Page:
Caring.com recently released the results of a new study, in which 86 percent of caregivers said that caregiving impacted their work situation because they had to take time away from their jobs, quit, retire early, reduce hours, or take a leave of absence.
Twenty-five percent of respondents stated that they suffer from depression, well above the national figure of 9 percent cited in a 2010 study by the U.S. Centers for Disease Control and Prevention.
Caregivers are turning to their churches, synagogues, mosques, or other religious organizations (31 percent) for support.
Family caregivers are also seeking support online (25 percent) via discussion forums, chat rooms, and through social networks such as Facebook.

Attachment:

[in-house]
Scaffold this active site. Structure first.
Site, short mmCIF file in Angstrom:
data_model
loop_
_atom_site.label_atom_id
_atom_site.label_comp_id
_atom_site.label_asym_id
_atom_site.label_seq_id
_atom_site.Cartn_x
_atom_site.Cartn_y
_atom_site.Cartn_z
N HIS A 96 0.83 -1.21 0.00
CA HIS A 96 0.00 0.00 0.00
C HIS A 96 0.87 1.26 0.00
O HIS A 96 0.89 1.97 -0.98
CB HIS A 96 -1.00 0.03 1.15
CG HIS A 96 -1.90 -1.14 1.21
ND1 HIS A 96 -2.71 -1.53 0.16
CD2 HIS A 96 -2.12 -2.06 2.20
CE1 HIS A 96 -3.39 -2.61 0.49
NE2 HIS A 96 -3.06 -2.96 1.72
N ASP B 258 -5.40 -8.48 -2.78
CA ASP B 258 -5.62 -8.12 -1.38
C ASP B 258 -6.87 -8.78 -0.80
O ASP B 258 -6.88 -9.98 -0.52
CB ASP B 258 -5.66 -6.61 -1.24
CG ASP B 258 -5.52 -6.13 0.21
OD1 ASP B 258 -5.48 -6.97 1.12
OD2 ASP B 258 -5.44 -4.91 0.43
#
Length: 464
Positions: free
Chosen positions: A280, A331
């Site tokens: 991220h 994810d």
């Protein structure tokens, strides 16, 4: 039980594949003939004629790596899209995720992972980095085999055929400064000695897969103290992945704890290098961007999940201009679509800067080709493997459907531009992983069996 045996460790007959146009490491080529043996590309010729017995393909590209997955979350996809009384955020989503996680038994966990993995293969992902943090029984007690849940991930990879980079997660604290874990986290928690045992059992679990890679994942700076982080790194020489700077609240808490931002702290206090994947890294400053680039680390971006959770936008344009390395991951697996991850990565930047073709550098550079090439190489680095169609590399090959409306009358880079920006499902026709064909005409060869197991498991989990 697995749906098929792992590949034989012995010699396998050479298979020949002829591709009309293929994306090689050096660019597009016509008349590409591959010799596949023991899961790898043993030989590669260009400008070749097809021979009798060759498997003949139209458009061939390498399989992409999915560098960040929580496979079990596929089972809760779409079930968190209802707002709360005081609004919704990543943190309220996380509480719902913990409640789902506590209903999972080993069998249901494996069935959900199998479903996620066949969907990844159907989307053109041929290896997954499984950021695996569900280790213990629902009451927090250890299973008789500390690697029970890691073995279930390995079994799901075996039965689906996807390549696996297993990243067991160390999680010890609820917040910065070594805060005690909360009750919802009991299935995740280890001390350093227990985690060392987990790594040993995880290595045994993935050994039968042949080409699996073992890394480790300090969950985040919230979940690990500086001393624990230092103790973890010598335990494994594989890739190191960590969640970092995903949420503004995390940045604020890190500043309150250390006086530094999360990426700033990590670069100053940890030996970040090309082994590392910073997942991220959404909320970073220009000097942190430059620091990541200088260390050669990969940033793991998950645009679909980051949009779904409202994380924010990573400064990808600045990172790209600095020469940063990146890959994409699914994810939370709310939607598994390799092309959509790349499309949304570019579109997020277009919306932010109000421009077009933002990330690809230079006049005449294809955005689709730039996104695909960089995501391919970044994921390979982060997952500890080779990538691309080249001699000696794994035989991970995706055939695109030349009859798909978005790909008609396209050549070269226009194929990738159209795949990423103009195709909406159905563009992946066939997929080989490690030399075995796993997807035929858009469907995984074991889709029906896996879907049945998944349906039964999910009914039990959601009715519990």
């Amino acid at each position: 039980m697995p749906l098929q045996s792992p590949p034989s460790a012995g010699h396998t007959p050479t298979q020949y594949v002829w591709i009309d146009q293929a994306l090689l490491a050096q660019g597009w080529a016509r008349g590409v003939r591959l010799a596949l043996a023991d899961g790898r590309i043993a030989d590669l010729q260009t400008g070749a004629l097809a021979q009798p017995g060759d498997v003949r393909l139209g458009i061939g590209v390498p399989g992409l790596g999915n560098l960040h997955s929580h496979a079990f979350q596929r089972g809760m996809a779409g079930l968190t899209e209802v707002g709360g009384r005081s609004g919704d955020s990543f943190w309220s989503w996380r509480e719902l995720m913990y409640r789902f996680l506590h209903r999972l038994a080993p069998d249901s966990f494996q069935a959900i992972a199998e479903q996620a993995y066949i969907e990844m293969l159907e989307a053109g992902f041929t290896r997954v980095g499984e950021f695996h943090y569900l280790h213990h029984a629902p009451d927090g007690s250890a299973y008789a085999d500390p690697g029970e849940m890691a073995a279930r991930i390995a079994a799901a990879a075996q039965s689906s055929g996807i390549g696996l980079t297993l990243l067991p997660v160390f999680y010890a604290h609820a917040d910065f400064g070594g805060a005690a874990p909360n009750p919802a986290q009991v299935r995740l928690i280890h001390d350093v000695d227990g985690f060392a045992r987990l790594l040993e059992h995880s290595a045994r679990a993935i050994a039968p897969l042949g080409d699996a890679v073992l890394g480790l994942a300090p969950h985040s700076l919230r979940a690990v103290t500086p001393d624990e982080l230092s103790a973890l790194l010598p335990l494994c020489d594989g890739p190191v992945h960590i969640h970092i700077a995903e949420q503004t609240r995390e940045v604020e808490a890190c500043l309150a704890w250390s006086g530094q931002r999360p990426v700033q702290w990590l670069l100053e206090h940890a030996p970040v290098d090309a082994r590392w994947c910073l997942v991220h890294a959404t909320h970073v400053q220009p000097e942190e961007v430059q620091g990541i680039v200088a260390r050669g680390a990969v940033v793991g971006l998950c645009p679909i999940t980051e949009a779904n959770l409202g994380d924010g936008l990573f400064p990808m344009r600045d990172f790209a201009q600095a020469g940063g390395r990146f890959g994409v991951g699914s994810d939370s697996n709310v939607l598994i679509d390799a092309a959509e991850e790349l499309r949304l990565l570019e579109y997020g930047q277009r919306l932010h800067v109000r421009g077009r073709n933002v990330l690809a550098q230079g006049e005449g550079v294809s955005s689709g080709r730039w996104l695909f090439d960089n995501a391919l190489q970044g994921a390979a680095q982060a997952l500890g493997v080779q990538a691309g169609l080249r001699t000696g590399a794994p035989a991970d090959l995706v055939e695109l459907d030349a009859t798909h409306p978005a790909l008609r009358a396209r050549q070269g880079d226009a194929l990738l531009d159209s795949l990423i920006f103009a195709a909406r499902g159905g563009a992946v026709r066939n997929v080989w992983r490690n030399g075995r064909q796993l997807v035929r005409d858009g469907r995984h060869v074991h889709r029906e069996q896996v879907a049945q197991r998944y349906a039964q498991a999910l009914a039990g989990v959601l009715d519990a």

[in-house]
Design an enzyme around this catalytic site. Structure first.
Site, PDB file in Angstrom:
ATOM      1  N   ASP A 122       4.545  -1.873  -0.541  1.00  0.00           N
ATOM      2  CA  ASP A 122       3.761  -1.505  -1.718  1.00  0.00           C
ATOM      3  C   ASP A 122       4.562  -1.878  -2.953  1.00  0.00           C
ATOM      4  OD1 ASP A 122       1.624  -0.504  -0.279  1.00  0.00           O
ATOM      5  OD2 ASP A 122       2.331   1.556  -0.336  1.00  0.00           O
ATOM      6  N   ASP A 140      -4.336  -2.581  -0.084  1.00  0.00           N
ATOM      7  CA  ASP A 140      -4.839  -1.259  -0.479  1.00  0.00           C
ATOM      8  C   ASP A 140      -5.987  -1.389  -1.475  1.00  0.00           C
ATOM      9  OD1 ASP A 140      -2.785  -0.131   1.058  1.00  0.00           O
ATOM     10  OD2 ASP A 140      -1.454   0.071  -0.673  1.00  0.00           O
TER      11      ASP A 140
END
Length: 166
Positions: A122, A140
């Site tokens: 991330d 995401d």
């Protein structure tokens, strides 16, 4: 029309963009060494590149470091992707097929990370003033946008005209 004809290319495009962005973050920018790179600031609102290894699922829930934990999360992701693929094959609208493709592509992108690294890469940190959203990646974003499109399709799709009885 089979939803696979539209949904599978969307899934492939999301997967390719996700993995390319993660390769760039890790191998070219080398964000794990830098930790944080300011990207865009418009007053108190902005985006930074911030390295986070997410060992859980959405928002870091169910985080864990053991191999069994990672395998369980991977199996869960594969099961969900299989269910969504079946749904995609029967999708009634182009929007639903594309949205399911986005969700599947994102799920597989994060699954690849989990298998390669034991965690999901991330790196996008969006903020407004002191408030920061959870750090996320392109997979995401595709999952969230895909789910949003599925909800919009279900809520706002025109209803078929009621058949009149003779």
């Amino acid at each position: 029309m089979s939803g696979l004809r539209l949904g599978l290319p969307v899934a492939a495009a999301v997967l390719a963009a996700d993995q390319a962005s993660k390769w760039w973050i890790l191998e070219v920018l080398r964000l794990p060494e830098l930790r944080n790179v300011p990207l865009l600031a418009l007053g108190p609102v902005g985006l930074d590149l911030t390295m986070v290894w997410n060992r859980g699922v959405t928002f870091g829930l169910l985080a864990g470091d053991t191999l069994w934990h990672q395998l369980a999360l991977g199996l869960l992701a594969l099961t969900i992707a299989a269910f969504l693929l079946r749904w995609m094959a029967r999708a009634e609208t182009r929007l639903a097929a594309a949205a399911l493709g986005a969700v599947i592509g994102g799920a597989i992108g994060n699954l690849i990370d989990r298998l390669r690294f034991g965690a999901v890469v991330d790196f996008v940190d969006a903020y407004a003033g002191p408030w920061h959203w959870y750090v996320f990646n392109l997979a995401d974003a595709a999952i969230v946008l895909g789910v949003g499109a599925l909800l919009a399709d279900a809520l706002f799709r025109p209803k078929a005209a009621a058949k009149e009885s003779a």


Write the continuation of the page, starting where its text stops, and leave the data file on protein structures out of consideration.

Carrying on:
A third (32 percent) of family caregivers spend more than 30 hours per week on caregiving tasks.
Seventy-seven percent of caregivers are concerned about the impact of their caregiving on their savings.
The majority of family caregivers suffer from their own health issues, including high blood pressure (35 percent), arthritis (30 percent), and high cholesterol (28 percent).
Over half (53 percent) of respondents report having trouble falling or staying asleep due to stress.
We have blogged about this often. Caregivers need help. And caregivers also have to recognize that they need help.